The dollar is on track for its biggest weekly drop in more than a decade, pulling back sharply after central banks tapped the Federal Reserve’s swap lines at the most rapid pace since the financial crisis.
The Fed has rekindled 14 swap lines with other central banks since the coronavirus crisis struck, aiming to ease a global shortage of dollars that had threatened to push the currency uncomfortably high at a delicate time for the global economy.
Five central banks borrowed more than $200bn under the facility in the week ending March 25, compared with just $45m in the previous week, helping them alleviate funding strains in their local markets. The European Central Bank and the Bank of Japan both drew the most dollars since 2009.
“Central banks have quickly accommodated funding demand for dollars and in doing so prevented a more destabilising liquidity crunch,” said Paul Meggyesi, head of FX strategy at JPMorgan in London.
The US currency had moved so high that some analysts were beginning to warn of the risk that central banks might sell dollars directly in the market to weaken it. But after bursting to a 50-year high on a trade-weighted basis, the dollar index weakened to 99.75 from 102.95 on March 19, losing 3 per cent in a week.
The measure of dollar borrowing costs, the cross-currency basis, remained elevated against both the Canadian and Japanese currencies, but the previously extreme blow-out in spreads in euro and sterling markets stabilised, allowing these currencies to regain ground against the dollar. The pound recovered to trade above $1.23 after hitting multi-decade lows last week under $1.15, while currencies such as the Australian dollar also bounced back.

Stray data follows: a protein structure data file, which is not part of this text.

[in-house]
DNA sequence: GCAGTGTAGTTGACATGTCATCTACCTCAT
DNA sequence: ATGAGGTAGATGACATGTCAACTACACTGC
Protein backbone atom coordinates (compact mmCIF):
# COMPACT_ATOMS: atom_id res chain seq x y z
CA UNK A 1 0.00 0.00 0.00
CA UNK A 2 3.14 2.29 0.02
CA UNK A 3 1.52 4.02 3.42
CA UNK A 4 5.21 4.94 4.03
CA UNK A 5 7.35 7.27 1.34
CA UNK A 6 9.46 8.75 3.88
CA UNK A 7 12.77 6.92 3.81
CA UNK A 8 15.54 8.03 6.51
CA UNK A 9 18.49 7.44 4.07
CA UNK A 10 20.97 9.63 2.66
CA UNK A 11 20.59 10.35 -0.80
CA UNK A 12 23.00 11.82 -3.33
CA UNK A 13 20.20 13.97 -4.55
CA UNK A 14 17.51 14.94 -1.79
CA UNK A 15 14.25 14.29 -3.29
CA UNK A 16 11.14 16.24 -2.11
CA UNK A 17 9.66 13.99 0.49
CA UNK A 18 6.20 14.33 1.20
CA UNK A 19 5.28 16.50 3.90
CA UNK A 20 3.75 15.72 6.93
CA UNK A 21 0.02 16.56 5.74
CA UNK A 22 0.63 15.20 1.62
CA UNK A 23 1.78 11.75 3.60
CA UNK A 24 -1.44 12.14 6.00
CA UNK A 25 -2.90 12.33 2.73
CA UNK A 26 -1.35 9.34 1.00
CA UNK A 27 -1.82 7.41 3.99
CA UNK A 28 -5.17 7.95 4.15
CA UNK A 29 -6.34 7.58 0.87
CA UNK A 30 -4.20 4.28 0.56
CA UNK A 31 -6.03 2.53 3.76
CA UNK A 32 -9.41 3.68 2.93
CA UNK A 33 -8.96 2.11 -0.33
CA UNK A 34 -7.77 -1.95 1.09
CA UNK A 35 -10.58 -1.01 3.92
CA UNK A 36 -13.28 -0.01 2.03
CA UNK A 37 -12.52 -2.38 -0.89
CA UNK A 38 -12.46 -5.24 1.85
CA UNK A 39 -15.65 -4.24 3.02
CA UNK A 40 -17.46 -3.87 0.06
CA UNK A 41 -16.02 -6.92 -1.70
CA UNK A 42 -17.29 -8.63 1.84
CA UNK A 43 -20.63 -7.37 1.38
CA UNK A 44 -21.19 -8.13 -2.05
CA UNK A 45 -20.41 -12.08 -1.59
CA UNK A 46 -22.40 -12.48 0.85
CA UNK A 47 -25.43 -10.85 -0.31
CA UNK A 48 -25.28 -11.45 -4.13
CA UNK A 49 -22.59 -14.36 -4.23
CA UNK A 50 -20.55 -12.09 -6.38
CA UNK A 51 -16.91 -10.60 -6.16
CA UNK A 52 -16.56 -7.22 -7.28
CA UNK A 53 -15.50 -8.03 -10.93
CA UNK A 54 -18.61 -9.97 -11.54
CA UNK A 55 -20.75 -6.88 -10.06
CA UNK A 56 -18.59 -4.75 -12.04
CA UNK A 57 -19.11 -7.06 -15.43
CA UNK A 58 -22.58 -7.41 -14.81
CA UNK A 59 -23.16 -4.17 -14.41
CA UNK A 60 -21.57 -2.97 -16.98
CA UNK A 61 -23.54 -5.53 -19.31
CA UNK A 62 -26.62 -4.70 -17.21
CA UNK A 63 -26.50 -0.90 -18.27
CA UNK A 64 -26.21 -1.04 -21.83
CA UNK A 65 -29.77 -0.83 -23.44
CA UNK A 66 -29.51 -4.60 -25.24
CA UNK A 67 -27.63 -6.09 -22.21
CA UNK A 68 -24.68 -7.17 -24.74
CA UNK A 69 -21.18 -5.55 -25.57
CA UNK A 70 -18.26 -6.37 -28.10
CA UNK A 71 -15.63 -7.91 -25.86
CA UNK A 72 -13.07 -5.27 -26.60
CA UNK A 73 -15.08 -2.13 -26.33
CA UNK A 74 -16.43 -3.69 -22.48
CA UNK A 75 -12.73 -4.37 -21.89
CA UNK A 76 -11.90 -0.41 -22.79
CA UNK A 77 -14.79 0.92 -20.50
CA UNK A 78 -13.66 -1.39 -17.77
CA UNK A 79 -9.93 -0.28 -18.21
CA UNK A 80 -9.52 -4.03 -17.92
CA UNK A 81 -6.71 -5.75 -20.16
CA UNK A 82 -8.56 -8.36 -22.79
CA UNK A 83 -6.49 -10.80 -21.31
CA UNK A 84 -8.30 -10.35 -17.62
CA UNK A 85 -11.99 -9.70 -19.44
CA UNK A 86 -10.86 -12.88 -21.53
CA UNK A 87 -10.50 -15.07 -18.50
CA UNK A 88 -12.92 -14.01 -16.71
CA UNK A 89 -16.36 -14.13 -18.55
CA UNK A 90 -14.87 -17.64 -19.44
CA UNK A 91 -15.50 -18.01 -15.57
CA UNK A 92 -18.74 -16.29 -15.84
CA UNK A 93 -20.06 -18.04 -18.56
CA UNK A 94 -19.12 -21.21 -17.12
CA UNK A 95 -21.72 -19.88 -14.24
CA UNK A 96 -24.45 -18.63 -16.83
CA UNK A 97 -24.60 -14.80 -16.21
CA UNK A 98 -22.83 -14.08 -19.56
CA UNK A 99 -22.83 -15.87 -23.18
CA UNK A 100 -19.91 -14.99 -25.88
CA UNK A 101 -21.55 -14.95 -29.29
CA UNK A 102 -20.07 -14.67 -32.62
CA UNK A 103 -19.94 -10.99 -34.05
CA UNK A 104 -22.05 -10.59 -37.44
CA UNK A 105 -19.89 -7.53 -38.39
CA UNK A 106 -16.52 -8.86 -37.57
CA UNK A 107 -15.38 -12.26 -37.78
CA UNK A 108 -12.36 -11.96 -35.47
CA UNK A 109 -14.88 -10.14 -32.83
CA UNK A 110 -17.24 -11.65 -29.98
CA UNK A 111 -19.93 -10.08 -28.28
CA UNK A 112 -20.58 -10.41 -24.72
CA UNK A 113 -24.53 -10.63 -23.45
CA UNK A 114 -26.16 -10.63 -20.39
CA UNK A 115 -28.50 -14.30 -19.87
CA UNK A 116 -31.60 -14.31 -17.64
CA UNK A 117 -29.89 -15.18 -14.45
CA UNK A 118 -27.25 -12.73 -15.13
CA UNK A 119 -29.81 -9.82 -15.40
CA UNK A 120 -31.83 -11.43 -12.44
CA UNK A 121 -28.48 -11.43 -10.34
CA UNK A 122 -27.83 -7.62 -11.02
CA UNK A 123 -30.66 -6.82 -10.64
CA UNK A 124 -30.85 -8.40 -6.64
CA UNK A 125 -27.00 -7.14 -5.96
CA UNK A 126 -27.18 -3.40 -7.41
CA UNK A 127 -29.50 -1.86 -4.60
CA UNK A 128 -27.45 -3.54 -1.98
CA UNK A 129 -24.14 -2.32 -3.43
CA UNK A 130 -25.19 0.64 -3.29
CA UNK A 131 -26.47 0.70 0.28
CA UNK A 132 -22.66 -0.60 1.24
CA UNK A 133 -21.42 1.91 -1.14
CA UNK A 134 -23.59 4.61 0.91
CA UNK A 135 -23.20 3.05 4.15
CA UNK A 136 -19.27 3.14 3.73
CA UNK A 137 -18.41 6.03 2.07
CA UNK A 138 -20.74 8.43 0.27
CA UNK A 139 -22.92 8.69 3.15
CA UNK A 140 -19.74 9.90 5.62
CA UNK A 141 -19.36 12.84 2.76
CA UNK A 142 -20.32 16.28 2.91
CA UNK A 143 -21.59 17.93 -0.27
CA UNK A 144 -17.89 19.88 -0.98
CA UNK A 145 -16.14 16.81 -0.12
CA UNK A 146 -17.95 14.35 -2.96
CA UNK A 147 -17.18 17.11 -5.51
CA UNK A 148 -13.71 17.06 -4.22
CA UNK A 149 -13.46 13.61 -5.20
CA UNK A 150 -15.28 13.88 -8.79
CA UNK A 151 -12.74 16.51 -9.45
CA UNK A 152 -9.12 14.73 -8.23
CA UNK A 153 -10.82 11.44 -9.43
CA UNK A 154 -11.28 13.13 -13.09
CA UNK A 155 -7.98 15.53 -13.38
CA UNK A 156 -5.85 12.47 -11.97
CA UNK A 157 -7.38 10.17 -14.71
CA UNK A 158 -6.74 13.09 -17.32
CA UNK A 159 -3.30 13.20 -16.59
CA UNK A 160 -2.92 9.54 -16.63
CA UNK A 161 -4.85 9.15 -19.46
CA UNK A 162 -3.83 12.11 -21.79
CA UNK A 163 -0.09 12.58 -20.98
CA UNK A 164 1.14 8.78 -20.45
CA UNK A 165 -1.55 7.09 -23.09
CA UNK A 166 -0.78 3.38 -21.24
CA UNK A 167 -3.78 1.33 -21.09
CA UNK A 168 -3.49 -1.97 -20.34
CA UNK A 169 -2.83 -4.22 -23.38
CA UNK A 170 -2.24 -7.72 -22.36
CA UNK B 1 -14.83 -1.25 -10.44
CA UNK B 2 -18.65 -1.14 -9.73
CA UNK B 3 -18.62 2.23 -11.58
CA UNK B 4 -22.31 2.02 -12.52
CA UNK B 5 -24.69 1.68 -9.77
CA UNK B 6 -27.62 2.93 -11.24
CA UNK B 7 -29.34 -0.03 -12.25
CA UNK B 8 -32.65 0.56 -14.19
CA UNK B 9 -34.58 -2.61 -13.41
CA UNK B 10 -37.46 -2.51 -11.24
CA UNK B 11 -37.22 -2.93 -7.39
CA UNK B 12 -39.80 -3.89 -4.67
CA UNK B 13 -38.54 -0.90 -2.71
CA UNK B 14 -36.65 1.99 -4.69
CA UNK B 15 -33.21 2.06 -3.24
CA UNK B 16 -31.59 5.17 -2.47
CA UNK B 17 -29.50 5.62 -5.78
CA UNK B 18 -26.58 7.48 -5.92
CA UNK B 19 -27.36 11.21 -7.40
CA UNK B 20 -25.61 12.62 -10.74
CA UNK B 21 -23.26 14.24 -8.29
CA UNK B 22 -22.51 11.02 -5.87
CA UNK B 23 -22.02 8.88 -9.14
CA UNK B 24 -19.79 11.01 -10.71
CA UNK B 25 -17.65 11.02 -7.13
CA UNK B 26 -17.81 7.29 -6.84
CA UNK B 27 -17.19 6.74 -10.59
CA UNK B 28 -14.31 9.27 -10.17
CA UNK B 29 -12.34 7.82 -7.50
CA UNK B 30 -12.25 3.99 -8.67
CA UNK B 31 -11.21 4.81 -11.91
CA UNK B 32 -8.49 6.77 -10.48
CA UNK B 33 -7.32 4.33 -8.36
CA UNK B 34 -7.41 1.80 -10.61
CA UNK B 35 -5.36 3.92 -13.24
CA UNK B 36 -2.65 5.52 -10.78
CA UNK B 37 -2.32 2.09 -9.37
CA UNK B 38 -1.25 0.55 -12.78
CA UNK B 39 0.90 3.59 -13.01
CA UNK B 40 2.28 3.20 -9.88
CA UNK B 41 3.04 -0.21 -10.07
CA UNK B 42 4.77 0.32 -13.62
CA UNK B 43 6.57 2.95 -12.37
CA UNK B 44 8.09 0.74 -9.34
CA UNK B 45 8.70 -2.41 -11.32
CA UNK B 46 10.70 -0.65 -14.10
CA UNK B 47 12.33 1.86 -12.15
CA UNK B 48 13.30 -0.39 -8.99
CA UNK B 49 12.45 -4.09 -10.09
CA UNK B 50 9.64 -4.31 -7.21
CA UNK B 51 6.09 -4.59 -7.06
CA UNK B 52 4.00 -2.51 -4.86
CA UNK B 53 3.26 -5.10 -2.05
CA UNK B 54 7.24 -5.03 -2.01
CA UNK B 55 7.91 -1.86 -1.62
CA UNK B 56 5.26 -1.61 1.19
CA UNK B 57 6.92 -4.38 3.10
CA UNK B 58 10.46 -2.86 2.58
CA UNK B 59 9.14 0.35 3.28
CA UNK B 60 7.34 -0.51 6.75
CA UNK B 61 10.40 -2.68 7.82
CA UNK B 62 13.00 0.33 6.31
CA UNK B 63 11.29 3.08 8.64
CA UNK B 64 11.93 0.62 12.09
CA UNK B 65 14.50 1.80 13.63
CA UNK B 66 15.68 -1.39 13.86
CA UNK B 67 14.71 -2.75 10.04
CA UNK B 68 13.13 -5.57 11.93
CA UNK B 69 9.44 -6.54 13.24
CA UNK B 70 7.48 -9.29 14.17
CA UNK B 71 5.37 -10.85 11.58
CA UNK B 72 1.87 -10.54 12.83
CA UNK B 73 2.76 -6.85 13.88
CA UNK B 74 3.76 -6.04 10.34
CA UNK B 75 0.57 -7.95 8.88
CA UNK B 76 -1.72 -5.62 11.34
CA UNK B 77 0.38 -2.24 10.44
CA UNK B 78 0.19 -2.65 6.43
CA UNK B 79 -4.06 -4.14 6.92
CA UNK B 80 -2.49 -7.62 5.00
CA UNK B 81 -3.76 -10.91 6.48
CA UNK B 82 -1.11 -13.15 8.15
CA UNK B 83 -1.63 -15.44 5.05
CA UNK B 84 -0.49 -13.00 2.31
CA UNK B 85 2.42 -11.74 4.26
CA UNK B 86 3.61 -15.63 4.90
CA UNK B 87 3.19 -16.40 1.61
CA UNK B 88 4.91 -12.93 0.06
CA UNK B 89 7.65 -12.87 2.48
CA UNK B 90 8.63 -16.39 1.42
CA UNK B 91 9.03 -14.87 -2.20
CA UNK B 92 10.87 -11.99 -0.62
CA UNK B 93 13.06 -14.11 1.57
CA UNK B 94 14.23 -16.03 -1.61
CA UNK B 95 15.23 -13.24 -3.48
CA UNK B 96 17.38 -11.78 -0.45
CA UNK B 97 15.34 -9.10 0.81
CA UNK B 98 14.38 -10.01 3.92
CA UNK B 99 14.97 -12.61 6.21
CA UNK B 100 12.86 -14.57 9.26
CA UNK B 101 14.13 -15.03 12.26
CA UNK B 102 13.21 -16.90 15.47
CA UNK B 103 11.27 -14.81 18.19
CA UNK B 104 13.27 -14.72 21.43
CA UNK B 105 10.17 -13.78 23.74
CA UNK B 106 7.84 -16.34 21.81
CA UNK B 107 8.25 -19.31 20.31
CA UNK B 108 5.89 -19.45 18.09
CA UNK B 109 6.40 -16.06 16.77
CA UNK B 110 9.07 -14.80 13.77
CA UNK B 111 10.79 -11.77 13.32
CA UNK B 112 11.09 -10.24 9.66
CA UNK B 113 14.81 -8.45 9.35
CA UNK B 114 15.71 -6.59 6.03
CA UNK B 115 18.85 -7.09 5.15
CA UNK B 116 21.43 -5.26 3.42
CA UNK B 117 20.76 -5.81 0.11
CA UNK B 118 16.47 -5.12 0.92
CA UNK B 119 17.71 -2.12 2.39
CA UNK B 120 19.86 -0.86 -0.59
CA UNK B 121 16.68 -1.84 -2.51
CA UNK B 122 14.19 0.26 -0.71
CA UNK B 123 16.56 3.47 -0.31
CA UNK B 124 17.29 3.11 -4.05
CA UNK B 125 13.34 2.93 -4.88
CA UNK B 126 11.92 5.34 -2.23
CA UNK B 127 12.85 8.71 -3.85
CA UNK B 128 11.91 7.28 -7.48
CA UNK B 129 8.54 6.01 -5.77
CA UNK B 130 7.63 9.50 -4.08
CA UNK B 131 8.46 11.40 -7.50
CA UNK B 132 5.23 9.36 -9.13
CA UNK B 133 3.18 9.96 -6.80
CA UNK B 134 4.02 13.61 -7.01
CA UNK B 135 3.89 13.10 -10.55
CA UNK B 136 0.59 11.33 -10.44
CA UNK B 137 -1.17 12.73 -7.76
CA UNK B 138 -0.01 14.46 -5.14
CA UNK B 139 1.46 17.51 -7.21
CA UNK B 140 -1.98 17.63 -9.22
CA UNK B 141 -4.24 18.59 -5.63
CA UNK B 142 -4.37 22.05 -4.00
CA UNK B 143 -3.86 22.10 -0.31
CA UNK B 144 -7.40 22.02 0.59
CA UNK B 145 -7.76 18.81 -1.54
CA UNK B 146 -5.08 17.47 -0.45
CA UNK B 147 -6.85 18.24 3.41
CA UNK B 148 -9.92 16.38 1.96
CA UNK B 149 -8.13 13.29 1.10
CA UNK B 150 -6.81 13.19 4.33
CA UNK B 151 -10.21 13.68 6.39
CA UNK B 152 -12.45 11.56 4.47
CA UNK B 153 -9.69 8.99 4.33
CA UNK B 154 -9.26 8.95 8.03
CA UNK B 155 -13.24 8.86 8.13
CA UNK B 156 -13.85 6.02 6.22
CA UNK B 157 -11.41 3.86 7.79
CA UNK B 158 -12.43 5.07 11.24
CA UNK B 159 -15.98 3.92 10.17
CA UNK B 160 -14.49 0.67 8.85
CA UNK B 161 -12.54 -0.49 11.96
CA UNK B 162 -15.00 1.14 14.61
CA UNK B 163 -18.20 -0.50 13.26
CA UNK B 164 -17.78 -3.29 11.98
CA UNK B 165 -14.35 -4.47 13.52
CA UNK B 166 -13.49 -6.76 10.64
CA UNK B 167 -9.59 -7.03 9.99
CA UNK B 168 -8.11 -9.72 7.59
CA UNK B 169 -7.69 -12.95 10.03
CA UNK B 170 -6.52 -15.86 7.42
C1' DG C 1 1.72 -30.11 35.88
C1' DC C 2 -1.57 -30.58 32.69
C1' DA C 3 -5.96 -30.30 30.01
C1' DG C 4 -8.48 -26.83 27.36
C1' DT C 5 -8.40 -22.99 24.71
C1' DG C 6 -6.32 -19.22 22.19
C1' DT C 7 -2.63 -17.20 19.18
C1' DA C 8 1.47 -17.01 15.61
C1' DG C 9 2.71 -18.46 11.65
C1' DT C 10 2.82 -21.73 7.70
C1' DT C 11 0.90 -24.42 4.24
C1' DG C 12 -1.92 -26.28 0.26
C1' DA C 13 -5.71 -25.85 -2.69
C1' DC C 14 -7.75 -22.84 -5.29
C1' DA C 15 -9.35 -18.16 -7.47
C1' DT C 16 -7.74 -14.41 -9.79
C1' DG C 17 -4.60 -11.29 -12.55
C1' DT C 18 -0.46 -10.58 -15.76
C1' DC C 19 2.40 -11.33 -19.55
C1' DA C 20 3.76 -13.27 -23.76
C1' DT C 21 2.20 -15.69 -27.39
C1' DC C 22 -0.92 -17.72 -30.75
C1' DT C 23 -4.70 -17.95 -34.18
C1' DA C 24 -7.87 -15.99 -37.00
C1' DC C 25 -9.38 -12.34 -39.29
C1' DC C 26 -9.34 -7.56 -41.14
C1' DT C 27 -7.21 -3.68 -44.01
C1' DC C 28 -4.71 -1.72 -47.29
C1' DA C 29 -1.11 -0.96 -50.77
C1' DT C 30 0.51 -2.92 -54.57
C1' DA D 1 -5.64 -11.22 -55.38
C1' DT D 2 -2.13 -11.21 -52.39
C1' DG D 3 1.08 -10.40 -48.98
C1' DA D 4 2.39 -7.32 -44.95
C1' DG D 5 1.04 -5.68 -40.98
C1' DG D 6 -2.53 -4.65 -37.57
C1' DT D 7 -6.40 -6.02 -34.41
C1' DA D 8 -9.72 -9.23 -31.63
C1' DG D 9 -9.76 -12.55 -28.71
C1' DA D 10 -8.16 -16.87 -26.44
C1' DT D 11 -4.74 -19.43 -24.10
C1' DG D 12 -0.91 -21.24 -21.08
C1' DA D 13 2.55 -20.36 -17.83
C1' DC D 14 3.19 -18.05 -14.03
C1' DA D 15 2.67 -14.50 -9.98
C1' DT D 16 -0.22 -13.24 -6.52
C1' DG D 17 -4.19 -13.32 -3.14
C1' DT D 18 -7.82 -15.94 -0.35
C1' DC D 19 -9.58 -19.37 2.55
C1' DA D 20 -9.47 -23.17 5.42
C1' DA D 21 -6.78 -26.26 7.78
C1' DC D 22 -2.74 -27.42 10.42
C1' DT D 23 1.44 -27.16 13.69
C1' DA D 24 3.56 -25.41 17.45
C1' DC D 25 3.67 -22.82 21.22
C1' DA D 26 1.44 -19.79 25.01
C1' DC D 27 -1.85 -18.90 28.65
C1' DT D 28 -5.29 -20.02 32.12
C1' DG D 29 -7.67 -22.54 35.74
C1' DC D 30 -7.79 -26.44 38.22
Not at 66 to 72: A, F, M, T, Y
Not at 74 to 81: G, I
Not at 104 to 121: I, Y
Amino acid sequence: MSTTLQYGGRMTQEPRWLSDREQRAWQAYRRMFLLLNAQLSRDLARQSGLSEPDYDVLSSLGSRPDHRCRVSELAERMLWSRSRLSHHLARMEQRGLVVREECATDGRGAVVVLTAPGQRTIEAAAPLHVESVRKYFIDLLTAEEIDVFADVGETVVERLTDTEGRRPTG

Over the course of March, companies have scrambled for dollars to help cushion the blow of revenues lost to the pandemic crisis, while investors have sought out the US currency for its tendency to climb in times of stress.
The overwhelming demand threatened to introduce stress into other parts of financial markets. In response, the US central bank reactivated swap lines with the Bank of Canada, the Bank of England, the Swiss National Bank, the ECB and the BoJ, and later widened the scope of the facility to include several emerging market countries.
Despite the pullback in the dollar’s exchange rate, the currency is still 2.5 per cent stronger than at the start of the year. Eric Robertsen, global head of currency, rates and credit research at Standard Chartered Bank, said the magnitude and breadth of recent dollar gains suggest that financial markets have become “seriously impaired”. As such, he said, the currency has become the “barometer of the efficacy of the policy response to corporate credit difficulties [and] interbank funding challenges”.
In addition, JPMorgan’s Mr Meggyesi noted that since the last financial crisis borrowing in the US dollar has ballooned, led by emerging-market companies and governments. Any rise in the dollar makes those debts more onerous to repay.
Bank of America Merrill Lynch strategists said commercial banks in Japan, in particular, have increased their dollar-denominated borrowings to levels that make the BoJ’s dollar take-up “very limited,” relative to the sector’s exposure.
“[The swap lines] will do little to address a perhaps more significant underlying issue which is the currency mismatch on the books of end users such as non-US corporates with dollar liabilities,” said Mr Meggyesi.